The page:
Christian: Remember who you are… a child of promise… a person who walks by faith. Embrace grace – the grace the God has given you, and the grace He is calling you to give to others.

If you are not a Christian, please do this: Look deep within your heart and confess to yourself what you see, then ask yourself what you will do with your sin. How will you stand before a Holy God? How “good” is good enough?

The Great News of the Gospel is this: God loves sinners! He loves sinners so much He died for them, for you and for me, so that we could be forgiven, redeemed, and made innocent so we can stand before a Holy God.

In Defense of Teaching the Law in Youth Ministry

It’s increasingly common today to hear people writing about the need to emphasize the Gospel rather than the Law… the promises of God rather than the commands of god.  If you’re reading this post, it’s very easy for you to hear someone saying that, because I say that on a regular basis!  However, there are some out there who write about the need to be Gospel-Centered so much that it sounds like they’re suspicious of anyone who would dare to teach the Law.  I doubt that these people would actually agree with that accusation, but what they write could easily lead you to that conclusion.

While I’m a huge proponent of the Gospel-Centered movement, I think some people take the Gospel in an anti-law, Antinomian way that is simply unbiblical and contrary to the Gospel.  The Gospel is so incredibly valuable because the Law is so important!  If the Law wasn’t important, then sin isn’t that bad, and if sin isn’t that bad then the Gospel isn’t nearly as glorious and extraordinary as we say it is.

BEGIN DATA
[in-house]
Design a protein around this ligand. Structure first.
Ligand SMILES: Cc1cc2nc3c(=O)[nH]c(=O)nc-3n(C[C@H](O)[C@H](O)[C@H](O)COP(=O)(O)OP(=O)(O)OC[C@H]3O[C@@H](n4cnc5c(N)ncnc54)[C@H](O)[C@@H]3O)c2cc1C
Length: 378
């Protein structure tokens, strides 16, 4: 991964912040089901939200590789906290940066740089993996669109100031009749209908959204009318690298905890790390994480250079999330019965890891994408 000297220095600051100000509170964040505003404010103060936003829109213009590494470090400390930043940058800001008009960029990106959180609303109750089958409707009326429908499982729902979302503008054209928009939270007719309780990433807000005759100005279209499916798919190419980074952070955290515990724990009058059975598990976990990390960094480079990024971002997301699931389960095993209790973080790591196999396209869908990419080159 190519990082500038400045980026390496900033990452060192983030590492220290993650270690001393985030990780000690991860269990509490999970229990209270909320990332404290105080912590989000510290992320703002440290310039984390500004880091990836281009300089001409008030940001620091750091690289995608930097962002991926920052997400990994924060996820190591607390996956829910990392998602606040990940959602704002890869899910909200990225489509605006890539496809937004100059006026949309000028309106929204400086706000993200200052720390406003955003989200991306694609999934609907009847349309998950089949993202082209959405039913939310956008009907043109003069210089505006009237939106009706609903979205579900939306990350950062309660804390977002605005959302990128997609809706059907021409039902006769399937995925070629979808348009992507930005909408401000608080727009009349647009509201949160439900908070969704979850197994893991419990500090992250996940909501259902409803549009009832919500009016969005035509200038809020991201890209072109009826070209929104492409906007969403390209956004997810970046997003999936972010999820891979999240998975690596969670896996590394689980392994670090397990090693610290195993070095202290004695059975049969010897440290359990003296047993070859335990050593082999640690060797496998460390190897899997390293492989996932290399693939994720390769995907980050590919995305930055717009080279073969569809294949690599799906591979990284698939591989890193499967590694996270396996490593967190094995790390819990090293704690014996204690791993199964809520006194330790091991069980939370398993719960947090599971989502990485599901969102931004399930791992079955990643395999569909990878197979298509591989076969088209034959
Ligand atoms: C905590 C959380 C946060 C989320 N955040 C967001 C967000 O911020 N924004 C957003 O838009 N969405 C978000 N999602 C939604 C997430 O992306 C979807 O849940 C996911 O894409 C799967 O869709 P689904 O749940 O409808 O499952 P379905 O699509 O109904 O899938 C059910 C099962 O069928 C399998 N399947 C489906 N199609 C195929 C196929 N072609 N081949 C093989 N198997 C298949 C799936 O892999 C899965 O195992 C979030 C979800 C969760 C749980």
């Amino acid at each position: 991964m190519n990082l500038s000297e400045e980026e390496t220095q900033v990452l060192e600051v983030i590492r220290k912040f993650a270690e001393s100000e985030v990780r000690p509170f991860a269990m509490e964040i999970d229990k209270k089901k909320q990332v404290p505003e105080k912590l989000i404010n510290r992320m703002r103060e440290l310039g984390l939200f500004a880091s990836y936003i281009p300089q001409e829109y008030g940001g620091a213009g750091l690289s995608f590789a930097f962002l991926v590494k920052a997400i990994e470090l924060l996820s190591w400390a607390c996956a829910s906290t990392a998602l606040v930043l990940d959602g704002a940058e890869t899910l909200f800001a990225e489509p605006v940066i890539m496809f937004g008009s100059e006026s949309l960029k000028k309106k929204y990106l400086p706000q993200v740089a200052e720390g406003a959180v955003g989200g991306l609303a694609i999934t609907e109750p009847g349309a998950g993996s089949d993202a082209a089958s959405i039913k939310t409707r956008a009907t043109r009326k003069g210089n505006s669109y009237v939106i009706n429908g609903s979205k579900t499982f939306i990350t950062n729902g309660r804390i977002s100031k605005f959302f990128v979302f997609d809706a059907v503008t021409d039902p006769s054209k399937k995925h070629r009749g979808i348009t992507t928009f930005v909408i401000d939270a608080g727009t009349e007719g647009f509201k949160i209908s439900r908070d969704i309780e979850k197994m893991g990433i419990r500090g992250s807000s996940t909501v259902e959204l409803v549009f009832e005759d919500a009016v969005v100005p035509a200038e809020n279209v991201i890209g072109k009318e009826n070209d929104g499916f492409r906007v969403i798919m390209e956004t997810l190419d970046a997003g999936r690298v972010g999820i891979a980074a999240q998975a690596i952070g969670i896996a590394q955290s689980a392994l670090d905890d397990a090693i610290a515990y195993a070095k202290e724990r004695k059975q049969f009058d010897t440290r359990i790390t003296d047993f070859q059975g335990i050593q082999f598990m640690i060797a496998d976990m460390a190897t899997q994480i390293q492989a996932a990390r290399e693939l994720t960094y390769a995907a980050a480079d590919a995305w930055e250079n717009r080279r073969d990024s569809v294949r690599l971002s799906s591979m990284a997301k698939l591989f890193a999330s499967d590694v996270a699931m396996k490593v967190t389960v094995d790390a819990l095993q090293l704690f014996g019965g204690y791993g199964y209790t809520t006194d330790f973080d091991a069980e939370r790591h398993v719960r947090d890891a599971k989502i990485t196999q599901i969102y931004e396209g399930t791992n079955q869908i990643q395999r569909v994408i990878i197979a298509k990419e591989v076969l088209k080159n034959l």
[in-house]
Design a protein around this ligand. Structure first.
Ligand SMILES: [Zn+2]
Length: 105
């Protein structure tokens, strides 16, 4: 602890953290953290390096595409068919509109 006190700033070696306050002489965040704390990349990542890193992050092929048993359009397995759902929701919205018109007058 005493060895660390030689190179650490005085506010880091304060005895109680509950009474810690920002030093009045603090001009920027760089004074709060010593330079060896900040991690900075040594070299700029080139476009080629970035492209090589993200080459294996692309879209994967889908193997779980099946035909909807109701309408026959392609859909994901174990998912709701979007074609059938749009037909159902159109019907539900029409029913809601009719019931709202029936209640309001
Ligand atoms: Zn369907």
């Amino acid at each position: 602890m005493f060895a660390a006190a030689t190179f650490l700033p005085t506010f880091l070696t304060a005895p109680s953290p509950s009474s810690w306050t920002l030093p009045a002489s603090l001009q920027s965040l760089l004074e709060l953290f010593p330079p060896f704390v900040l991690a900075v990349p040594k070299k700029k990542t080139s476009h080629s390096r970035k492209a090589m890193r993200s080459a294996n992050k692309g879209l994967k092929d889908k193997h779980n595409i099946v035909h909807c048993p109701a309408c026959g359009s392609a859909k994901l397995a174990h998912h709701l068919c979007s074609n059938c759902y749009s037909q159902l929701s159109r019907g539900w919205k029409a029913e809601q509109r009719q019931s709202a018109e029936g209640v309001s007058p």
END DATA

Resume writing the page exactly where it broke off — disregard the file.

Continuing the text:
In my youth ministry we try to emphasize 8 Vital Signs (taken mostly from Andy Stanley and Stuart Hall’s book, “The Seven Checkpoints for Youth Leaders“): Authentic Faith, Spiritual Disciplines, Moral Boundaries, Healthy Friendships, Wise Choices, Ultimate Authority, Others First, Heart for the Lost.  Some of these are more naturally Gospel-driven than others (Authentic Faith, Spiritual Disciplines, Heart for the Lost) while others are more grounded in the Law (Moral Boundaries, Healthy Friendships, Wise Choices, Ultimate Authority, Others First).  Here’s a brief look at how I teach these Vital Signs:

  1. Authentic Faith – This is the Gospel – You are lost in your sin and will either endure the judgment you’ve earned for yourself, or you can cast yourself on the grace and mercy of Jesus Christ who took your punishment upon himself on the cross. We are not simply saved by the Gospel, we are changed daily by the Gospel.  We don’t only need Authentic Faith in Jesus to “ask Jesus into our hearts,” we need to walk by faith in Christ every day.  Without this Vital Sign, the rest don’t mean a thing.